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High-Seas Drama: Disappearance of 330,000 Litres of Smuggled Oil Sparks Major Investigation in Chon Buri

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Confiscated vessels are anchored at the marine police pier in Sattahip district of Chon Buri. (Photo supplied/Wassayos Ngamkham)

In a twist fit for an action-packed thriller, five police officers have been reassigned to inactive posts amid the bewildering disappearance of three boats carrying a hefty 330,000 litres of smuggled oil and 18 crew members from a marine police pier in Chon Buri. The search is on for these rogue vessels, which are believed to be associated with a notorious oil smuggler operating in southern Thailand. The authorities suspect that the boats might be making their way toward Cambodian waters, although current intel suggests they haven’t quite made it to international waters just yet.

The Central Investigation Bureau (CIB) has wasted no time and sprung into action, forming a fact-finding committee to unravel the mystery behind how these three out of five recently confiscated vessels from an oil smuggling case pulled a vanishing act early Wednesday from the pier in Sattahip district. The reassignment of the officers is seen as a strategic move to eliminate any potential bias and ensure a scrupulous investigation, according to high-ranking officials.

Pol Maj Gen Jaroonkiat Pankaew, the CIB’s deputy commissioner, who has swooped down to Sattahip to spearhead the investigation, broke down the inquiry into three facets: identifying the officers who may have dropped the ball, tracking down the missing boats and their crew, and setting up a command centre aimed at uncovering the mischief behind the disappearance and escorting the vessels back to safety.

“There’s a strong possibility that the three elusive ships are still meandering in the Gulf of Thailand and haven’t yet infiltrated neighboring maritime borders,” he remarked on Thursday. “Due to the nature of their cargo – all that oil – they can only cruise at a leisurely pace of 7 to 8 knots. Covering the distance to the neighboring country of around 240 nautical miles would set them back about 15 hours.”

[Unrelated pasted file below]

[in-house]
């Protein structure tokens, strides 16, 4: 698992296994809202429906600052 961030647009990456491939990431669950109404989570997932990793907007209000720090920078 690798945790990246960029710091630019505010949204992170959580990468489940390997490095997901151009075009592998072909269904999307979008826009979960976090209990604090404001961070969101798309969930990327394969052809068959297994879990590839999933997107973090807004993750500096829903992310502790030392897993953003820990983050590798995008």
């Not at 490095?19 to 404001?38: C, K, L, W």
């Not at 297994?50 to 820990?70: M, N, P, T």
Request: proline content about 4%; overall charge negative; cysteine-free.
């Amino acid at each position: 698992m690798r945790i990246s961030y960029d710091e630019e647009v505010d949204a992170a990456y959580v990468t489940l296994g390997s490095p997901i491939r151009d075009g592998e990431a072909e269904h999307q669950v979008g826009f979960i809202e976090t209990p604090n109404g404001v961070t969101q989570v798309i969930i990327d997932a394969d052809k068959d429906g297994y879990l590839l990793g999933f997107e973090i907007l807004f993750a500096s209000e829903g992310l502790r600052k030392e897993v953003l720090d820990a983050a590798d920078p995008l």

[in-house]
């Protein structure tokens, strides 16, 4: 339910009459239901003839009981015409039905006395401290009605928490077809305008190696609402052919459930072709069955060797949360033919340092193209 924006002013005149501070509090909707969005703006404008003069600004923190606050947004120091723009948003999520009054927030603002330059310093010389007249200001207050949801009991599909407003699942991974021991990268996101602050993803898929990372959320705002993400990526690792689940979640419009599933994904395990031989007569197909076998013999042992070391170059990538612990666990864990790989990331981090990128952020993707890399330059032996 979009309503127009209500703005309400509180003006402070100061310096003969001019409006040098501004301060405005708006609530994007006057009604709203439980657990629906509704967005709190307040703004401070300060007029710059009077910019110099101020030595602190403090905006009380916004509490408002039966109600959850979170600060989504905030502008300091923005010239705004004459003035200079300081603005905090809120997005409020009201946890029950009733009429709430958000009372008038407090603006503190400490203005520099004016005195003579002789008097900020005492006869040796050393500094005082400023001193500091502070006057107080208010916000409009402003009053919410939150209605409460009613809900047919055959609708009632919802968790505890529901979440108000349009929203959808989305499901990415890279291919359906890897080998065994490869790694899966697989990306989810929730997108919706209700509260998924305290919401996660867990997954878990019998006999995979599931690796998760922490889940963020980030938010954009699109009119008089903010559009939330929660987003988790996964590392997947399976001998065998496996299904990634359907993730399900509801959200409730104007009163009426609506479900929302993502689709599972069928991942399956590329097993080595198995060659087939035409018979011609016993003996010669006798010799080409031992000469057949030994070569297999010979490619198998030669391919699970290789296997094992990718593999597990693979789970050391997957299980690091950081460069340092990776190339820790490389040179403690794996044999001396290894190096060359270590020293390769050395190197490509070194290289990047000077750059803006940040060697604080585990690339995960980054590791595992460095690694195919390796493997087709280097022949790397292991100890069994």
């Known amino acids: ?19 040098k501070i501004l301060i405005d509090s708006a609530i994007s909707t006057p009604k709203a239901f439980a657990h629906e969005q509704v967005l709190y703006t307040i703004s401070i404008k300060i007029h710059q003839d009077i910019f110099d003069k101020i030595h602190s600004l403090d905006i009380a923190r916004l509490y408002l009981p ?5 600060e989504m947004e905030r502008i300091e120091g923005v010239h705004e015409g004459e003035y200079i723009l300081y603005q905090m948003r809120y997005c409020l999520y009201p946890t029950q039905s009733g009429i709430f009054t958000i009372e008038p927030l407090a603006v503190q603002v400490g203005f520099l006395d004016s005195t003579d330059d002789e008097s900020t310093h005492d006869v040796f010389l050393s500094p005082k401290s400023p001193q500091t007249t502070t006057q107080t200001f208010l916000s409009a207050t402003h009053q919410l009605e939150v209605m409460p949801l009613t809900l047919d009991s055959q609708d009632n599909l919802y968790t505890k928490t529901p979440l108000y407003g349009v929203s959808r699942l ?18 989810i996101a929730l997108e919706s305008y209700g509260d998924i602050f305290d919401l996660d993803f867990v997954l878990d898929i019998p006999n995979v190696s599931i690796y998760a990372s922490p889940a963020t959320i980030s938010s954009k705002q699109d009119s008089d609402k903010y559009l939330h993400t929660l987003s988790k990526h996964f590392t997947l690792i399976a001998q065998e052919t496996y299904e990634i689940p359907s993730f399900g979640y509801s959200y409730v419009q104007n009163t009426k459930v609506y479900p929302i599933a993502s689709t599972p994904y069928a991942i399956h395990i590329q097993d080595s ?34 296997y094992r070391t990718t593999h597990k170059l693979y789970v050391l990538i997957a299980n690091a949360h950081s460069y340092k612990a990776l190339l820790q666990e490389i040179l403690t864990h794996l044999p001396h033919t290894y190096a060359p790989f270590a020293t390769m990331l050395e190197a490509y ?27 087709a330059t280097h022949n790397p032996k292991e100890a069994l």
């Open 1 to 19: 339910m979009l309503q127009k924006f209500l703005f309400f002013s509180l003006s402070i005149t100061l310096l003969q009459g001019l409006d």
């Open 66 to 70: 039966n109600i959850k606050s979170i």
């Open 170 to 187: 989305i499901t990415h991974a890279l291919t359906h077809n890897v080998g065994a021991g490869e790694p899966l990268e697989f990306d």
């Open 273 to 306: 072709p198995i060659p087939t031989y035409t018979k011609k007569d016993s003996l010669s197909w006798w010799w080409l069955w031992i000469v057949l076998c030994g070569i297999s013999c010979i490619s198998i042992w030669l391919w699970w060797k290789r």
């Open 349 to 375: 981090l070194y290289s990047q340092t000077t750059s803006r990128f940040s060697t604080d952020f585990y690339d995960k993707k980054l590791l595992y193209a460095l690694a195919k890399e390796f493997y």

In a decisive move on Thursday, Pol Lt Gen Jirabhop Bhuridej, the CIB commissioner, authorized the transfer of the five marine police officers to inactive roles at the CIB operations centre. The officers caught in this shuffling are Pol Col Intarat Panya, superintendent of Marine Police Division 5; Pol Lt Col Ajin Wangwatthana, deputy superintendent of Division 5; Pol Lt Col Kobchai To-on, an inspector with Marine Police Sub-Division 3, Division 5; Pol Sgt Maj Thammarat Lekmontra, squad leader of Sub-Division 3, Division 5; and Pol Cpl Apichart Channu, squad leader of Marine Police Sub-Division 3, Division 5.

As the clock ticks and the antennas across the Gulf of Thailand twitch, everyone’s eyes are glued to the waters, eagerly awaiting the reappearance of the ghost ships. Will the smuggler’s luck run aground, or will this high-seas drama chart an unexpected course? Only time will tell. Buckle up, folks – this nautical mystery is just getting started.


  1. Mark Summers June 13, 2024

    This case is baffling! How do you lose three entire boats? There’s definitely corruption involved.

    • Lisa C. June 13, 2024

      It’s not that surprising considering the scale. Corruption runs deep in many parts of the world.

      • grower134 June 13, 2024

        Maybe someone got paid off. Boats don’t just vanish into thin air.

      • Mark Summers June 13, 2024